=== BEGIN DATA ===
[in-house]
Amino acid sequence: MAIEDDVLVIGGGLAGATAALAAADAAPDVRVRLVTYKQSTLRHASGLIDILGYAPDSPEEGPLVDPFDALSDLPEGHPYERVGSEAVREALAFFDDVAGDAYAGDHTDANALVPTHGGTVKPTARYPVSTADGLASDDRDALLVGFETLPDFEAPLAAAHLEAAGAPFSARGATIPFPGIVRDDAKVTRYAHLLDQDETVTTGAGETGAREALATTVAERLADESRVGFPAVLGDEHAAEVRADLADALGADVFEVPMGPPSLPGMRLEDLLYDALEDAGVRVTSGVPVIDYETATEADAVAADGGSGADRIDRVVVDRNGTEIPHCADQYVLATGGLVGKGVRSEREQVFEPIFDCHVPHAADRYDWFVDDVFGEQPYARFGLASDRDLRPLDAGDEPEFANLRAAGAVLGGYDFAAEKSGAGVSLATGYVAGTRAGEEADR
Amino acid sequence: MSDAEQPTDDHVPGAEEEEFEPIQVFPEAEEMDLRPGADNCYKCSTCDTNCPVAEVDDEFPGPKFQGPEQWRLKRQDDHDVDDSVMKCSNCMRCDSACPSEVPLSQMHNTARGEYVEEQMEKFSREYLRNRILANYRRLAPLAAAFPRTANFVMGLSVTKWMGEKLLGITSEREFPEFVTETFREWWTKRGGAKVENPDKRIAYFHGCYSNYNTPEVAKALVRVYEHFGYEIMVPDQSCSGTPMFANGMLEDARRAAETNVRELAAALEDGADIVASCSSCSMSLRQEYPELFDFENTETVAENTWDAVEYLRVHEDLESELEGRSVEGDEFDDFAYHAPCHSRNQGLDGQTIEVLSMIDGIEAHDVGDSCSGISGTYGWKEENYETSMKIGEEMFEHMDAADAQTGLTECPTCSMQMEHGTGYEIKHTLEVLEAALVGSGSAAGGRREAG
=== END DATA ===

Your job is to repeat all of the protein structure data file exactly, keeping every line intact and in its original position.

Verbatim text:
[in-house]
Amino acid sequence: MAIEDDVLVIGGGLAGATAALAAADAAPDVRVRLVTYKQSTLRHASGLIDILGYAPDSPEEGPLVDPFDALSDLPEGHPYERVGSEAVREALAFFDDVAGDAYAGDHTDANALVPTHGGTVKPTARYPVSTADGLASDDRDALLVGFETLPDFEAPLAAAHLEAAGAPFSARGATIPFPGIVRDDAKVTRYAHLLDQDETVTTGAGETGAREALATTVAERLADESRVGFPAVLGDEHAAEVRADLADALGADVFEVPMGPPSLPGMRLEDLLYDALEDAGVRVTSGVPVIDYETATEADAVAADGGSGADRIDRVVVDRNGTEIPHCADQYVLATGGLVGKGVRSEREQVFEPIFDCHVPHAADRYDWFVDDVFGEQPYARFGLASDRDLRPLDAGDEPEFANLRAAGAVLGGYDFAAEKSGAGVSLATGYVAGTRAGEEADR
Amino acid sequence: MSDAEQPTDDHVPGAEEEEFEPIQVFPEAEEMDLRPGADNCYKCSTCDTNCPVAEVDDEFPGPKFQGPEQWRLKRQDDHDVDDSVMKCSNCMRCDSACPSEVPLSQMHNTARGEYVEEQMEKFSREYLRNRILANYRRLAPLAAAFPRTANFVMGLSVTKWMGEKLLGITSEREFPEFVTETFREWWTKRGGAKVENPDKRIAYFHGCYSNYNTPEVAKALVRVYEHFGYEIMVPDQSCSGTPMFANGMLEDARRAAETNVRELAAALEDGADIVASCSSCSMSLRQEYPELFDFENTETVAENTWDAVEYLRVHEDLESELEGRSVEGDEFDDFAYHAPCHSRNQGLDGQTIEVLSMIDGIEAHDVGDSCSGISGTYGWKEENYETSMKIGEEMFEHMDAADAQTGLTECPTCSMQMEHGTGYEIKHTLEVLEAALVGSGSAAGGRREAG